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Sanders Proposes Major Changes to Food Production System

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Sanders Proposes Major Changes to Food Production System
Democratic presidential candidate Sen. Bernie Sanders (I-VT) speaks during a town hall at the Fort Museum on May 4 in Fort Dodge, Iowa. Stephen Maturen / Getty Images

By Jon Queally

Back on the campaign trail in Iowa over the weekend, 2020 Democratic candidate Sen. Bernie Sanders unveiled a major policy vision that includes breaking up powerful agriculture conglomerates as a way to save small farmers and rural communities who he says are facing a "major, major crisis."


Before delivering a speech Sunday at fairgrounds in the town of Osage, Sanders told the Des Moines Register in an interview on Friday that "we have got to make a decision as to whether or not we are comfortable with seeing fewer and fewer large agribusiness industries control commodity after commodity" — a dynamic, he said, he is not "happy about" and one that is undermining rural communities across the country.

According to the newspaper:

During his first Iowa trip in early March, [Sanders] targeted "factory farming" and derided the concentration of players from the corn seed market to pork production. Sunday, he plans to expand on those issues and also talk about agriculture's connection to water quality and global climate change.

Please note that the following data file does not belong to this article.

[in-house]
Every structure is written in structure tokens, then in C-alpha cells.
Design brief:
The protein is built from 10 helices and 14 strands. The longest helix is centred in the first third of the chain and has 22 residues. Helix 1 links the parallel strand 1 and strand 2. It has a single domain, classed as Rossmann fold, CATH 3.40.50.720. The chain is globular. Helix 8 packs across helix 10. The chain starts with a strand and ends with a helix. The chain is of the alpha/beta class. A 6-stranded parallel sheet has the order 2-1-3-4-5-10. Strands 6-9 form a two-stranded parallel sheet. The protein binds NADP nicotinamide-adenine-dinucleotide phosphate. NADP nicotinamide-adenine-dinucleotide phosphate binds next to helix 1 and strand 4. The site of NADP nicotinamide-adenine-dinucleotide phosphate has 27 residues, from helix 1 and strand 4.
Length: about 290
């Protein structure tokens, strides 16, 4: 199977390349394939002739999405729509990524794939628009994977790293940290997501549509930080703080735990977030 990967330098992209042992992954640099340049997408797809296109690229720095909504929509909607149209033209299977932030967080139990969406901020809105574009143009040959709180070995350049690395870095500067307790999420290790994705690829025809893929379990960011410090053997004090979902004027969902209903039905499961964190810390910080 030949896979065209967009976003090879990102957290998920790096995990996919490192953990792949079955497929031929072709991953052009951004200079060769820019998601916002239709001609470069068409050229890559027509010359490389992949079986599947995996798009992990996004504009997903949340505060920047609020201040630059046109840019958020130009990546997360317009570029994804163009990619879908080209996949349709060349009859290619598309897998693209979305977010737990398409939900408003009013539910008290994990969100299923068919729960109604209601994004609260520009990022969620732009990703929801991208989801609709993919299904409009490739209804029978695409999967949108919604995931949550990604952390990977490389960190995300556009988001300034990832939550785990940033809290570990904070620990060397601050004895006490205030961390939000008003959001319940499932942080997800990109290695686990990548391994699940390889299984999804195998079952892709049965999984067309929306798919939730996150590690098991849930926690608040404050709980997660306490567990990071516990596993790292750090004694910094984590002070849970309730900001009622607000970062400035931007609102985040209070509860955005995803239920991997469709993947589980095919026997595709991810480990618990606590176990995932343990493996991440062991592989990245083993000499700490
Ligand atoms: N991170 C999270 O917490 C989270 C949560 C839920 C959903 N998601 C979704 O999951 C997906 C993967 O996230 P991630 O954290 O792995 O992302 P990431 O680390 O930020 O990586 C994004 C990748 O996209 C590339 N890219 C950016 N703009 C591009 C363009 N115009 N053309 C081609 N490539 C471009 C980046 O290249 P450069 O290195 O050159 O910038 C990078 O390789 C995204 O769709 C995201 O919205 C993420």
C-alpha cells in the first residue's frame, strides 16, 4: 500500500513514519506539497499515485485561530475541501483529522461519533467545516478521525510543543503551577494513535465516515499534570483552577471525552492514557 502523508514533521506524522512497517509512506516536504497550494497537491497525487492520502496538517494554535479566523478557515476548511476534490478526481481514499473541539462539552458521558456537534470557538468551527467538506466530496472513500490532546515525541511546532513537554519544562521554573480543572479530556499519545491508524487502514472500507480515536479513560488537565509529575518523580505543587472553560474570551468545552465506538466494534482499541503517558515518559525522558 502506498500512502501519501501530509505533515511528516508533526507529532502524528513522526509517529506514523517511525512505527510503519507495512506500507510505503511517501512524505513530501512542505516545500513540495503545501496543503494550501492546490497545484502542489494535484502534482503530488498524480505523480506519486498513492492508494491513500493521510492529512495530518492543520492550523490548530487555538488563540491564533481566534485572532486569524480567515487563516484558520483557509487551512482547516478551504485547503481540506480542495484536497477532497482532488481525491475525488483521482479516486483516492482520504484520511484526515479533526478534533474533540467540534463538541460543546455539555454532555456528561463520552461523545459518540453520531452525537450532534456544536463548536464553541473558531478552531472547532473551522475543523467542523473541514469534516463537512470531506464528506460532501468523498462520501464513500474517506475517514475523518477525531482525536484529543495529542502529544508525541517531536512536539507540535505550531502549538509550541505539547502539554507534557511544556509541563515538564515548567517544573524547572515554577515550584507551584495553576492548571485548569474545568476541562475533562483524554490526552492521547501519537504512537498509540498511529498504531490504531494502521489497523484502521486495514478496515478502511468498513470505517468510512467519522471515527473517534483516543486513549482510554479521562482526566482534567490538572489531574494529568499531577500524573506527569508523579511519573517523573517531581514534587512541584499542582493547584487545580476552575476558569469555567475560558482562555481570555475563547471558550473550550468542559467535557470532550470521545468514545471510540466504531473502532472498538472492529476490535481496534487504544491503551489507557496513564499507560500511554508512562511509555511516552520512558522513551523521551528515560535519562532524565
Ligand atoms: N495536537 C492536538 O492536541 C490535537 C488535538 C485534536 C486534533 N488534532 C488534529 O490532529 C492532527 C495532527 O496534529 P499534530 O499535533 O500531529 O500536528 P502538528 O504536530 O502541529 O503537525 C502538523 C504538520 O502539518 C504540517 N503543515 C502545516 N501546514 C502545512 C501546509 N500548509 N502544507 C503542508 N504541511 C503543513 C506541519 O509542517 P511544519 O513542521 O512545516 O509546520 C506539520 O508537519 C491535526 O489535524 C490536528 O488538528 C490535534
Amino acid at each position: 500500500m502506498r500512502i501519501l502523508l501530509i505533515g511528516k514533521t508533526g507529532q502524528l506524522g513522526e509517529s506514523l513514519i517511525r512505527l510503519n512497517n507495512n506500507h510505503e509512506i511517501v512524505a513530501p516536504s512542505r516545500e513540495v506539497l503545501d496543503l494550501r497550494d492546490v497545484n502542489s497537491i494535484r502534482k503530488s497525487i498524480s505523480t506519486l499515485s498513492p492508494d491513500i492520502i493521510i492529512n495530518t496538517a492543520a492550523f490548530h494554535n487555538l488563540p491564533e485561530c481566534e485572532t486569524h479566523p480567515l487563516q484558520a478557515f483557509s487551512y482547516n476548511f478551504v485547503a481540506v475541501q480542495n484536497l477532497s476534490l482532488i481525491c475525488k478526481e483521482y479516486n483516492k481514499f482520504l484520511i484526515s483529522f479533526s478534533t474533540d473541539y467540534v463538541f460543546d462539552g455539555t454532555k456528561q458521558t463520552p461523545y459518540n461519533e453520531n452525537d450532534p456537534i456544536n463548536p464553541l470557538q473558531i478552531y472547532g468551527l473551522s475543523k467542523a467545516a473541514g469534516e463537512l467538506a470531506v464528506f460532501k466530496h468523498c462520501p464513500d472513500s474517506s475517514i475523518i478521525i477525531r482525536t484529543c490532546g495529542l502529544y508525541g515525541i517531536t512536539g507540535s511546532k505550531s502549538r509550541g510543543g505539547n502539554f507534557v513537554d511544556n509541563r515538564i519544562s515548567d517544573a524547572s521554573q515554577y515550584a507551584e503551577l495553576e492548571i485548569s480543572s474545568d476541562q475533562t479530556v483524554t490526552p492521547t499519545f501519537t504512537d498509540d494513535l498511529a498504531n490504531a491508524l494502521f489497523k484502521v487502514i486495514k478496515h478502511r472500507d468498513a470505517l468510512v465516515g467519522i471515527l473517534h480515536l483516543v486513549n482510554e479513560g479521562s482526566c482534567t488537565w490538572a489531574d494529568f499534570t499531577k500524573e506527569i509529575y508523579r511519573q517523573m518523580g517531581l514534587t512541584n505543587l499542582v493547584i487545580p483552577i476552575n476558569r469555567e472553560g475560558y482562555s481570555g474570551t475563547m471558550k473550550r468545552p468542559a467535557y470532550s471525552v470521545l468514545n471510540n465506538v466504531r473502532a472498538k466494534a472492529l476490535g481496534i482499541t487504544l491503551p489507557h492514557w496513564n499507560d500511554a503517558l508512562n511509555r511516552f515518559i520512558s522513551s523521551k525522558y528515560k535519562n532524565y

Massachusetts Sen. Elizabeth Warren, often seen as competing for the same slice of liberal voters as Sanders, released her own agricultural policy in late March. She specifically called for federal regulators to break up Tyson, Dow-DuPont and Bayer-Monsanto — some of the key players in Iowa's ag economy.

Asked by the newspaper whether the nation could realistically move back to a system of smaller, family farms, Sanders said he didn't "think we're going to go back to the 1880s," but did say "the heart of rural America is agriculture" and that his campaign intends to focus more on the issue of rural issues and farming in 2020 than they did when he first ran in 2016.

"I come from a rural state," Sanders said. "It's an issue we probably should have talked about more last time. We will do that this time."

According to the newspaper, Sanders said it is time for the nation to push for major changes to the entire food production system.

As Bill Neidhardt, spokesperson for the campaign, put it, Sanders believes the "rural way of life needs to be preserved both in his home state of Vermont and across Iowa," and in order to achieve that, the senator's speech — addressing corporate control over agriculture, fair trade deals, support for new farmers, climate change, clean water, rural education, rural health care and immigration — is a "call for major, structural changes to the agricultural economy."

Reposted with permission from our media associate Common Dreams.

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